90 quid a month as a proportion of the cost of a BT central line.

  #6  
Old July 2nd 04, 04:00 PM posted to uk.telecom.broadband
Bob Eager
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Posts: 2,472
Default A question on capping

On Fri, 2 Jul 2004 11:48:09 UTC, "Five Rounds Rapid"
wrote:

This, of course, is twaddle. Busy exchanges are to blame. Lots of people
download at the same time (usually peak times) resulting in slowness. Some
of those people will be heavy users, some moderate, some light. But the
heaviest users download mostly overnight, when the network is quiet, so
BTY's argument will never hold water.


That may be. But it sounds like the classic excuse of the heavy user
(a.k.a. pirate)

--
Bob Eager
begin a new life...dump Windows!
  #7  
Old July 2nd 04, 05:36 PM posted to uk.telecom.broadband
Five Rounds Rapid
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Posts: 8
Default A question on capping


"Bob Eager" wrote in message
...
On Fri, 2 Jul 2004 11:48:09 UTC, "Five Rounds Rapid"
wrote:

This, of course, is twaddle. Busy exchanges are to blame. Lots of

people
download at the same time (usually peak times) resulting in slowness.

Some
of those people will be heavy users, some moderate, some light. But the
heaviest users download mostly overnight, when the network is quiet, so
BTY's argument will never hold water.


That may be. But it sounds like the classic excuse of the heavy user
(a.k.a. pirate)


You immediately assume that anyone who downloads a lot must be up to no
good. I would argue that is by no means the case. I download a lot of old
TV eps from the newsgroups, material which isn't available to buy. This is
hardly piracy. Downloading game demos isn't piracy either. And neither is
downloading Linux distros. I do all of these things, and probably rack up
about 30-40Gb of bandwidth usage most months, but I don't think I'm breaking
any laws. I am simply using a service I am paying for, as it was
advertised.


  #8  
Old July 2nd 04, 06:52 PM posted to uk.telecom.broadband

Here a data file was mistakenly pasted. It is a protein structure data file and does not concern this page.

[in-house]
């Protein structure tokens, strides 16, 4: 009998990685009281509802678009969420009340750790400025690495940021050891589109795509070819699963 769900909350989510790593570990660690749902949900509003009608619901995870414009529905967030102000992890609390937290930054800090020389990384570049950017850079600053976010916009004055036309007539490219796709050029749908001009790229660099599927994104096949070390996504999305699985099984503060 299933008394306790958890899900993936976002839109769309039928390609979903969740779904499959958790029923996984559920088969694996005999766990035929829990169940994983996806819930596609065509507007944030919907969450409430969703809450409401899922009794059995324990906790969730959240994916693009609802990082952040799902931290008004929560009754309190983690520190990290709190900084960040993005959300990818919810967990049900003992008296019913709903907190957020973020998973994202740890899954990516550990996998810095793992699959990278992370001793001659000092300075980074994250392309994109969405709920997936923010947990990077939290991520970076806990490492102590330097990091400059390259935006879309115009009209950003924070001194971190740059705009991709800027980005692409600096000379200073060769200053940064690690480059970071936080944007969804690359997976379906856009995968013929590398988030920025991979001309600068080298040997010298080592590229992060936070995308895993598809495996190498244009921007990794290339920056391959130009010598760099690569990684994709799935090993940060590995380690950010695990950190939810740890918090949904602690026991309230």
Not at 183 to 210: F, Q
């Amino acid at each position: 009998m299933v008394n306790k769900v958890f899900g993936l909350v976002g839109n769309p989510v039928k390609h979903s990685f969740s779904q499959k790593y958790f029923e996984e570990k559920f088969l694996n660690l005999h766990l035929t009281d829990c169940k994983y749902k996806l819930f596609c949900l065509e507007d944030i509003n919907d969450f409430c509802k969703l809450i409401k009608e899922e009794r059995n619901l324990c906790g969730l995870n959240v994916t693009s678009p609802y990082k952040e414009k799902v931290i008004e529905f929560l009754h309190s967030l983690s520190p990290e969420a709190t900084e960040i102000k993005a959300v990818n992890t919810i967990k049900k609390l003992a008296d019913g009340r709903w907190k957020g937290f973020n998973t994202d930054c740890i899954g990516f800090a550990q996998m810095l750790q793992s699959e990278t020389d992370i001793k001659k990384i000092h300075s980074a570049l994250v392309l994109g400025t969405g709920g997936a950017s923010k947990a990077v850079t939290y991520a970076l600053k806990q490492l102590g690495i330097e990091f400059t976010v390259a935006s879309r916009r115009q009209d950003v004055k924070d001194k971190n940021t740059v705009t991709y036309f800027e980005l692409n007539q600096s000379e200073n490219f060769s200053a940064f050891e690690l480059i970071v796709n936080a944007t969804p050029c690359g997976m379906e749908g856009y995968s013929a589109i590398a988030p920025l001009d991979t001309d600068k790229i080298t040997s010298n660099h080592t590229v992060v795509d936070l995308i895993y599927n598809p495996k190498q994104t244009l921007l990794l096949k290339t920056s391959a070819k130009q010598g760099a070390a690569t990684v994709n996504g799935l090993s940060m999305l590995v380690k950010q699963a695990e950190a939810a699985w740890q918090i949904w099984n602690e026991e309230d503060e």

Ian Stirling
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Posts: 807
Default A question on capping

Five Rounds Rapid wrote:
snip
You immediately assume that anyone who downloads a lot must be up to no
good. I would argue that is by no means the case. I download a lot of old
TV eps from the newsgroups, material which isn't available to buy. This is
hardly piracy.


The law disagrees.
Apart from the very small fraction of TV where the copyright has lapsed.
The original author does not have to make the work available to the public
at all for copyright to be in force.


Downloading game demos isn't piracy either. And neither is
downloading Linux distros. I do all of these things, and probably rack up
about 30-40Gb of bandwidth usage most months, but I don't think I'm breaking
any laws. I am simply using a service I am paying for, as it was
advertised.


  #9  
Old July 2nd 04, 07:38 PM posted to uk.telecom.broadband
Five Rounds Rapid
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Posts: 8
Default A question on capping


"Ian Stirling" wrote in message
...
Five Rounds Rapid wrote:
snip
You immediately assume that anyone who downloads a lot must be up to no
good. I would argue that is by no means the case. I download a lot of

old
TV eps from the newsgroups, material which isn't available to buy. This

is
hardly piracy.


The law disagrees.
Apart from the very small fraction of TV where the copyright has lapsed.
The original author does not have to make the work available to the public
at all for copyright to be in force.


Agreed, but TV companies have no objections to people taping shows and
watching them again later, and the same applies to the digital medium. I
know because I have contacted various copyright holders to clarify the
issue. So long as you don't start knocking out VCDs or DVDs for a fee, the
vast majority are happy enough for their shows to be distributed via usenet.
It is precisely this sort of interest which leads to official DVD releases
coming about, which is obviously good news for all concerned.


  #10  
Old July 2nd 04, 10:41 PM posted to uk.telecom.broadband
Dr Teeth
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Posts: 243
Default A question on capping

On Fri, 02 Jul 2004 14:06:38 GMT, Ian Stirling
wrote:

A 512K user constantly running P2P at maximum bandwidth will use about
90 quid a month as a proportion of the cost of a BT central line.


Don't forget that the cost of a central line is the same whether it is
used to capacity or sitting idle.

Cheers,

Guy

** I may not be perfect, but I'm
** English, and that's the next best thing!